In their comments on the proposed ACE rule, 19 Democratic state attorneys general outlined their case against the Trump regulation. Among other issues, they wrote, the ACE rule undercuts previous statements from EPA that climate action can succeed only if the agency takes meaningful steps to curb carbon dioxide emissions from power plants.
Trump administration officials have said the ACE rule takes care of concerns that the Clean Power Plan was an overstep of EPA's authority.
The Supreme Court in 2016 iced the Obama-era rule.
EPA methane rule
As with the ACE rule, the thrust of EPA's revised methane rule will not be subject to legal action until the regulation is finalized.
Opponents of the Trump White House's regulatory machinations have already hinted at a courtroom bloodbath.
"That is insane," then-California Gov. Jerry Brown (D) said after EPA released its proposed rule to replace the Obama administration's New Source Performance Standards (Greenwire, Sept. 11, 2018). "It borders on criminality."
EPA has said it plans to finalize the rule by June.
The Trump administration tried to postpone implementation of the Obama-era standard, but the U.S. Court of Appeals for the District of Columbia Circuit struck down the delay.
A group of royalty advisers assembled by former Interior Secretary Ryan Zinke could this year propose to replace a rule that died in the early days of the Trump White House.
In its repeal of the fossil fuel valuation rule, Interior's Office of Natural Resources Revenue noted that the Royalty Policy Committee would help the federal government secure a fair value on the oil, gas and coal that is extracted from public lands.
Last fall, the group signaled that it could soon write a replacement of the valuation rule (Greenwire, Sept. 14, 2018).
Any proposal that the committee pushes through would likely be subject to legal challenges. The panel itself is already at the center of a lawsuit that alleges violations of the Federal Advisory Committee Act, which requires open meetings and public involvement.
"The rule that is likely to come out of the Royalty Policy Committee as it currently stands is likely to favor on net the fossil fuel industry," said Jayni Hein, policy director at NYU's Institute for Policy Integrity.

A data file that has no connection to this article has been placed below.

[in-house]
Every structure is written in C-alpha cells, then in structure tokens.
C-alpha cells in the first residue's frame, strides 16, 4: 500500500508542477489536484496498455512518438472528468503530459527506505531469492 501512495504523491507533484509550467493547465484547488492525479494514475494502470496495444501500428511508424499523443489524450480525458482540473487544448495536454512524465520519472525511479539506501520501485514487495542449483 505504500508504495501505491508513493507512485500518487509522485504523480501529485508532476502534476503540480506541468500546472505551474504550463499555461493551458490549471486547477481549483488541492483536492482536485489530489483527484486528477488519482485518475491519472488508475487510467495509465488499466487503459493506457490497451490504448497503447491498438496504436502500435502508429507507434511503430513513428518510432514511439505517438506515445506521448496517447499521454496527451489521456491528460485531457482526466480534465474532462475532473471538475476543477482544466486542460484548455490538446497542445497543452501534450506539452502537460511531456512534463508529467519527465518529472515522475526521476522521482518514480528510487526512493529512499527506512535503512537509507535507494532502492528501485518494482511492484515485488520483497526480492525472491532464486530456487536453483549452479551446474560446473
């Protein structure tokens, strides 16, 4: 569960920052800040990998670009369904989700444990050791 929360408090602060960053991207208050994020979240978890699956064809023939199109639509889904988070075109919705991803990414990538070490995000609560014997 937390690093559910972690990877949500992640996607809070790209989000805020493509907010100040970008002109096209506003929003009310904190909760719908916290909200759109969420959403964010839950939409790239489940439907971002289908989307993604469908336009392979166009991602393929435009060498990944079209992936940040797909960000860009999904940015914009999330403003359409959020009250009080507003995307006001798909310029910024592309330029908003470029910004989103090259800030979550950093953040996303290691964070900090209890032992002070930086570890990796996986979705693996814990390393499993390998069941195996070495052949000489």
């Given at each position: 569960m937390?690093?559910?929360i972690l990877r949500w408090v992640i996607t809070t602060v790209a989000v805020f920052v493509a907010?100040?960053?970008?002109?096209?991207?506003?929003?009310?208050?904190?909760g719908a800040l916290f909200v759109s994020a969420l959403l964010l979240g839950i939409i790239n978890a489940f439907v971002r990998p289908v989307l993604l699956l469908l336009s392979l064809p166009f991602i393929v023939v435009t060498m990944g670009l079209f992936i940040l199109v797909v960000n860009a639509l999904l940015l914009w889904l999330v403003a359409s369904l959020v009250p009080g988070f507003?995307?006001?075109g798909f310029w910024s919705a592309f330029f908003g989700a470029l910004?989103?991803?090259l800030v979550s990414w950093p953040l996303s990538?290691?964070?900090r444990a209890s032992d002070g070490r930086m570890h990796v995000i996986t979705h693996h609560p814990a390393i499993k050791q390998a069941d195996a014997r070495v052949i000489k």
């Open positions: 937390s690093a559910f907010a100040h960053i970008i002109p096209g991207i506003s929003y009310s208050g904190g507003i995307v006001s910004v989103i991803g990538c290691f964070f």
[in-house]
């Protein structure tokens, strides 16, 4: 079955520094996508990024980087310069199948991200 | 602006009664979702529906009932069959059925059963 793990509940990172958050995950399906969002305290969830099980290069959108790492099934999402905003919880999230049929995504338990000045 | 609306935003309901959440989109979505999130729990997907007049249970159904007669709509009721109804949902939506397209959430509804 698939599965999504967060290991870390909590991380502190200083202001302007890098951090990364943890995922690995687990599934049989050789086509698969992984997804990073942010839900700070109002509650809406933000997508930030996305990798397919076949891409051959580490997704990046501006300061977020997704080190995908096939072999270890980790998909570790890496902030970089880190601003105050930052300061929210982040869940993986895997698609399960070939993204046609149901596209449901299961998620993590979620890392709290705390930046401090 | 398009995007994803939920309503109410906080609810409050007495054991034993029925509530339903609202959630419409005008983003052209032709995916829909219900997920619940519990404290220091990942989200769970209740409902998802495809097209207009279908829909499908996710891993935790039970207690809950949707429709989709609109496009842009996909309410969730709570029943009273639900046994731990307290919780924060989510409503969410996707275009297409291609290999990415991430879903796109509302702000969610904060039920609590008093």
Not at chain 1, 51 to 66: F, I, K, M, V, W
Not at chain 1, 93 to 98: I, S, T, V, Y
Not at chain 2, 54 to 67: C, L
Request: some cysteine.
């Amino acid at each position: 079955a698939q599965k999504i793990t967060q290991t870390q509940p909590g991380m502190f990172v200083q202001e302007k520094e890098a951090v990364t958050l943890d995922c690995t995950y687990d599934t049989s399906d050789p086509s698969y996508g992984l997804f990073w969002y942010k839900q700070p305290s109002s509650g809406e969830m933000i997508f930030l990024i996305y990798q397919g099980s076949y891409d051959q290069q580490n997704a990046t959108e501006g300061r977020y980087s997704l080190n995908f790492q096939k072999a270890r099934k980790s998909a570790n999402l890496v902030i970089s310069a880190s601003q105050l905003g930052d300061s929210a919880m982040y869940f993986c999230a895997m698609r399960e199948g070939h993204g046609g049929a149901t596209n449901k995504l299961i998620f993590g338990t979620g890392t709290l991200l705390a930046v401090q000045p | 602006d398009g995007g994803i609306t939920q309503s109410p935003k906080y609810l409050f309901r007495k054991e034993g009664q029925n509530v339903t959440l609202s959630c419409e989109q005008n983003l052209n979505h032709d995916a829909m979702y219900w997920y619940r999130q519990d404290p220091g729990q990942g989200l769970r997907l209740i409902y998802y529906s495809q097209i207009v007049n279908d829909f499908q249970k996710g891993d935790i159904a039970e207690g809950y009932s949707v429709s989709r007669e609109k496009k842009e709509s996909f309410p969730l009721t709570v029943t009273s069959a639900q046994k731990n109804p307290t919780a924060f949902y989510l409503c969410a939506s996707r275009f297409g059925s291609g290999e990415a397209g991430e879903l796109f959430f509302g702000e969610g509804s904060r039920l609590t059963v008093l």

The royalty committee had been scheduled to hold its next meeting Jan. 31 in Phoenix, but the government shutdown appears likely to delay the gathering.
Proposals to change offshore safety rules introduced in the wake of Deepwater Horizon are likely to face legal scrutiny in the coming months.
Opposition could come in the form of lawsuits over the specifics of the federal government's deregulatory actions. Interior's Bureau of Ocean Energy Management is expected to lock in its changes to the 2016 blowout preventer and well control rule by the end of the year.
Critics could also push back by challenging the Trump administration's efforts to open new parts of the U.S. outer continental shelf to offshore oil and gas development. A new draft of BOEM's five-year leasing plan had been expected this month, but the lapse in government appropriations appears to have stalled the document's release.
State attorneys general from both parties have promised to fight the administration's proposal to lease more than 90 percent of federal waters.
They have already jumped into a courtroom battle over preliminary permits to locate oil and gas deposits off the Atlantic Coast. Ten East Coast state attorneys — both Republican and Democrat — have signaled their support of the lawsuit.
Many of those same officials have pledged to sue the federal government if it proposes to drill off their state coastlines.
Like what you see?
We thought you might.
Start a free trial now.